Wednesday, September 13, 2006
Call Me Al.
No matter where my writing career takes me, it’s hard to imagine there will ever be a night to surpass last night.
I was in Washington D.C. to mark the release of Operation Homecoming, a compilation of letters, poems, and stories from Iraq, Afghanistan, and the home front, in which I am privileged to have two small stories.
The location was the Jefferson Building of the Library of Congress, which is just east of the Capital Building. The Jefferson Building is the kind of structure architects used to design, back when their education included a background in Western Civilization, and the canon of the Great Books, the works that enabled this republic to raise, before the advent of public education, its finest generation of writers and orators.
It’s the kind of structure where vaulted ceilings, gilded archways, and stunning mosaics, instead of drawing attention to themselves, put their viewer in mind of the towering glory that God sometimes vouchsafes to men. They put me in mind too, (somewhat incongruously, I know) of that song Paul Simon sings called Call Me Al because of the line that goes,
He looks above him and he sees angels in the architecture, spinning in infinity, “hallelujah,” he says…
When we climbed the marble staircase into the entryway (I was accompanied by my great friend, Keith Miller, Major, USAF, who can confirm I’m not making this stuff up.) the last of the day’s light was spilling over the dome of the Capital and pouring down the vaults of the ornately appointed arches, bathing everything inside the great hall in a warm golden glow.
When we weren’t craning our necks upward to gape at the ceiling, Keith and I shook hands with the luminaries from Boeing, the Library of Congress, and the National Endowment for the Arts, who put this book together. Among them was the Deputy Librarian of Congress, Don Scott, who greeted us warmly, and explained that he’d once been in the Army and served in Vietnam. Later in the evening we discovered that, not only had he served, he’d been a brigadier general.
I chided him in the reception line later for omitting that fact when we first spoke. “It was unimportant,” he said, which leads me to expect he was probably an exceptional general.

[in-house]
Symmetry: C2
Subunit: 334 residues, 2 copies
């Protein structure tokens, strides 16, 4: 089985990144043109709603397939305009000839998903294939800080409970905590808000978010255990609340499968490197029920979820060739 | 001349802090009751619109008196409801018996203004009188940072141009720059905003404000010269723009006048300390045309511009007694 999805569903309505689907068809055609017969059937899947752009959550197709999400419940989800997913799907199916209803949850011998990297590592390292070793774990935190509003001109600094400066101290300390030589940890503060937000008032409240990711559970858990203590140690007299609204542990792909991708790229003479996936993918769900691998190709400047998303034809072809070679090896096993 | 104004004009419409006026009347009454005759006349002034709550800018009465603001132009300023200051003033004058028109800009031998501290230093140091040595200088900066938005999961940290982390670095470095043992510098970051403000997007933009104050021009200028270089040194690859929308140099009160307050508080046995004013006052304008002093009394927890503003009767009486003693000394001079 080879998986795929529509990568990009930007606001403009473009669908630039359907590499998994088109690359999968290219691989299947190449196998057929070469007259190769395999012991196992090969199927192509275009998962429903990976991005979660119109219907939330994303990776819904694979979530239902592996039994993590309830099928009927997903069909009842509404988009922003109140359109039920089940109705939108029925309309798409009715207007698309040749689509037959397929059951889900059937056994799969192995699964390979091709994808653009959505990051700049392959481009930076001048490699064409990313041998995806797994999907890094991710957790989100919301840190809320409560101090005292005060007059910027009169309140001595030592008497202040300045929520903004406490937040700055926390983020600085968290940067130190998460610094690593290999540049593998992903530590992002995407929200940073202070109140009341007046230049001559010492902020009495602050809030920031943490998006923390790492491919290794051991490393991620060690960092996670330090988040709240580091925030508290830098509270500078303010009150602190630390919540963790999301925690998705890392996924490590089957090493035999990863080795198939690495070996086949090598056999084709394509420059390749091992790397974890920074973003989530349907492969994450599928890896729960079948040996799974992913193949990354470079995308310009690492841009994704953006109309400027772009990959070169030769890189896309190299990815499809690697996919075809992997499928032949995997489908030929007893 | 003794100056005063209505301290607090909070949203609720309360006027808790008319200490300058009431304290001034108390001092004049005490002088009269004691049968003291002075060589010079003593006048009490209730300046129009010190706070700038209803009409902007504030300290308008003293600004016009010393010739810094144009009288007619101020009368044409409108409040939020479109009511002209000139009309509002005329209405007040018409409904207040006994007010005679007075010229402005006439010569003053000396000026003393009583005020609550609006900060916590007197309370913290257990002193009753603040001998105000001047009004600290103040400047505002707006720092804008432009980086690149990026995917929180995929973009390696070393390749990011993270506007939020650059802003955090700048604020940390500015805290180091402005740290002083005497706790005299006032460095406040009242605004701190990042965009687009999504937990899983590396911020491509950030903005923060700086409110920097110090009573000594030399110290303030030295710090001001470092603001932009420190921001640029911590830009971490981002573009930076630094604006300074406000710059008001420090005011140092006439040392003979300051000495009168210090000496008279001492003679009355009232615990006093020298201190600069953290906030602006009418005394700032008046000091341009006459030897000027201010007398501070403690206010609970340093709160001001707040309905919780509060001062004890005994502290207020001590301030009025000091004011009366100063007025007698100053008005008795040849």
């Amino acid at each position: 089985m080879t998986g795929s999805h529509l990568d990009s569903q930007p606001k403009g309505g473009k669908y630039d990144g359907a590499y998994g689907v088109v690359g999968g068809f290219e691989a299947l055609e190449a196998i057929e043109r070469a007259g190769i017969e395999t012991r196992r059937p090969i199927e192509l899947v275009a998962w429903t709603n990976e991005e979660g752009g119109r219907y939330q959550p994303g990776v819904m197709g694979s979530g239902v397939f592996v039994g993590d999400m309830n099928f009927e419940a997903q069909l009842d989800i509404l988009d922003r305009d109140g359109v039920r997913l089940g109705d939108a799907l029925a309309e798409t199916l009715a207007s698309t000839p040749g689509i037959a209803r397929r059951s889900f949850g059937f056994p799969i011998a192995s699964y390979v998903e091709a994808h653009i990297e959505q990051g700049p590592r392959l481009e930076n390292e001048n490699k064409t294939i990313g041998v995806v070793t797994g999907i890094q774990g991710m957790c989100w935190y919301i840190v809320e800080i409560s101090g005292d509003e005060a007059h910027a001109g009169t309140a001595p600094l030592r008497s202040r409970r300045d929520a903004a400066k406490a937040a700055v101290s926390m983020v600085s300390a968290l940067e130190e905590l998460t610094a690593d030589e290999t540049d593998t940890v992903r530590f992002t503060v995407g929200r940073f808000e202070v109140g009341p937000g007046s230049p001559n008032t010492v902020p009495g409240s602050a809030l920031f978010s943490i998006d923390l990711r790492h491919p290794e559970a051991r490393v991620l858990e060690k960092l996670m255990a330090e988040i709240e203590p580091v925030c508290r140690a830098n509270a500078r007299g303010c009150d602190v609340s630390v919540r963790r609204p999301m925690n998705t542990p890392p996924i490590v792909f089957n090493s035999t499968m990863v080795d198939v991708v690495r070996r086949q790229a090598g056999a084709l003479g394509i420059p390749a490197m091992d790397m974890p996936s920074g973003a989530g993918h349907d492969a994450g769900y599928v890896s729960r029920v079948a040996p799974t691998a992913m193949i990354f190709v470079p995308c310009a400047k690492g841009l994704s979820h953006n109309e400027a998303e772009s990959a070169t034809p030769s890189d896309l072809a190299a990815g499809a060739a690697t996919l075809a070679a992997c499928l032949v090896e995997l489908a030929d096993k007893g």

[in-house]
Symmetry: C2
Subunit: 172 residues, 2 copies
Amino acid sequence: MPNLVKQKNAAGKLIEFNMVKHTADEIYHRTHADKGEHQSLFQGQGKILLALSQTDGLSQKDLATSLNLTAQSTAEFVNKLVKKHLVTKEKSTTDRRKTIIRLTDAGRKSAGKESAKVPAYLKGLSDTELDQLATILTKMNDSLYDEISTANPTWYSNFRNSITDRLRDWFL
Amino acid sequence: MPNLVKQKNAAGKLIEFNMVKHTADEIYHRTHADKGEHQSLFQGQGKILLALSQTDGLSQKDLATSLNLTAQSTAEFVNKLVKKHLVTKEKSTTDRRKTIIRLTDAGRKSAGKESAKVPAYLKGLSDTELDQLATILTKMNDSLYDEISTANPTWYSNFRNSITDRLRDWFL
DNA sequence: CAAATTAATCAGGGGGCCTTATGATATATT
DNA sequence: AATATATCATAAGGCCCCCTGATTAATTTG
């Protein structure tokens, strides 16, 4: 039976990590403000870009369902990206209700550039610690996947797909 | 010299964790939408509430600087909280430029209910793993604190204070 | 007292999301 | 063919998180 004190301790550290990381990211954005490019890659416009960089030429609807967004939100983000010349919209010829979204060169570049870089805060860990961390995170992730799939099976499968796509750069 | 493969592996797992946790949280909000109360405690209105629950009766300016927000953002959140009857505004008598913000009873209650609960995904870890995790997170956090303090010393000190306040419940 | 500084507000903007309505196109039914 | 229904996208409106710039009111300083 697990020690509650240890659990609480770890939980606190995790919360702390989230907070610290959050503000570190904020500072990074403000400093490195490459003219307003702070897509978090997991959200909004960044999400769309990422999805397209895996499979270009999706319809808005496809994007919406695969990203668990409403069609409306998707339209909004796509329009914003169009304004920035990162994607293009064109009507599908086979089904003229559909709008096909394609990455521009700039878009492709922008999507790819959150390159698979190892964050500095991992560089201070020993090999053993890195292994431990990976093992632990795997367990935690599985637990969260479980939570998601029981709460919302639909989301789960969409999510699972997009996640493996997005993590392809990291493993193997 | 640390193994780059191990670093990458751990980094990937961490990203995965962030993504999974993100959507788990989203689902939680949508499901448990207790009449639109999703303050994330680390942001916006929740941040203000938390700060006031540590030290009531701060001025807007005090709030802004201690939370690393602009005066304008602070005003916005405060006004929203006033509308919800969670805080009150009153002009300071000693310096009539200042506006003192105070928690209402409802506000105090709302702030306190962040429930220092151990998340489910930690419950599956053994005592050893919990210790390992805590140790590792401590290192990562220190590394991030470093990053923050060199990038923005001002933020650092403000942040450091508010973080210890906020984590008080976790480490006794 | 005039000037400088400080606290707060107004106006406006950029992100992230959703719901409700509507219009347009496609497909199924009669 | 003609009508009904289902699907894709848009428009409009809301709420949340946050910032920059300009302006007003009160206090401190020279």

And that kind of humility and subjugation of self to the moment marked the evening. Dana Gioia, poet, and chairman of the National Endowment for the Arts began the official proceedings with a moving tribute to the men, women, parents and spouses out of whose sacrifices the books three hundred-some pages are distilled. In a place that has become known for bitter partisanship, that night, in that place, was a clear exception to the rule. Personal agendas were in no way evident, as speakers, regardless of their personal feelings for the war, focused on the people fighting it, and those left behind to miss them and pray for them while they are gone.
After some brief speeches we saw a short film about the book. The film, in addition to explaining the significance of the book as a contemporary record of the war, featured some of the contributors reading their work. It was funny and sad and profound. Throughout its duration, I kept thinking how extraordinary it was that providence had seen fit to place me in such company.
And it just got better and better. After the speeches and the film, we moved to the second floor gallery, where everyone in attendance was given a book, and where, for the next two and a half hours, those of us whose words appear on its pages had the honor of signing them for people.
Keith was good enough to carry my copy around for my fellow authors to sign. One of them, Parker Gyokeres, summed up my feelings exactly when he penned, “I’m so overwhelmed I can hardly write.” Between Keith’s making the rounds for signatures and my book signing, neither of us got close to the food they put out. I can’t speak for Keith, but I can tell you that last night I learned that apparently, given a choice between eating and meeting people who want to read my work, I’ll gladly choose the latter.
I signed a lot of books and spoke to a lot of people. My favorites were the mothers. Some were authors’ moms, and one was herself an author, who’d written about losing her son. The pride of these women in their sons and daughters surrounded them and glowed from them every bit as brightly as had the evening sunlight, which by now had faded to a deep purple band behind the Lincoln Memorial, and through which rose that enormous obelisk, erected to remind us of the sacrifices and humility of our nation’s father and first president.
Another book I had the privilege to sign was the copy that would be presented to the First Lady, Laura Bush. As I mentioned before, Paul Simon’s song was on my mind, so it seemed completely appropriate, when I signed a book for a gentleman, that when I asked him to whom I should dedicate it, that, when I asked him his name, he said, “sign it to Al.” I inscribed the book and thought nothing more of it until later on, when Keith pointed out that, while he may have referred to himself as Al, he is better known to the rest of the nation as Alberto Gonzales, Attorney General of the United States.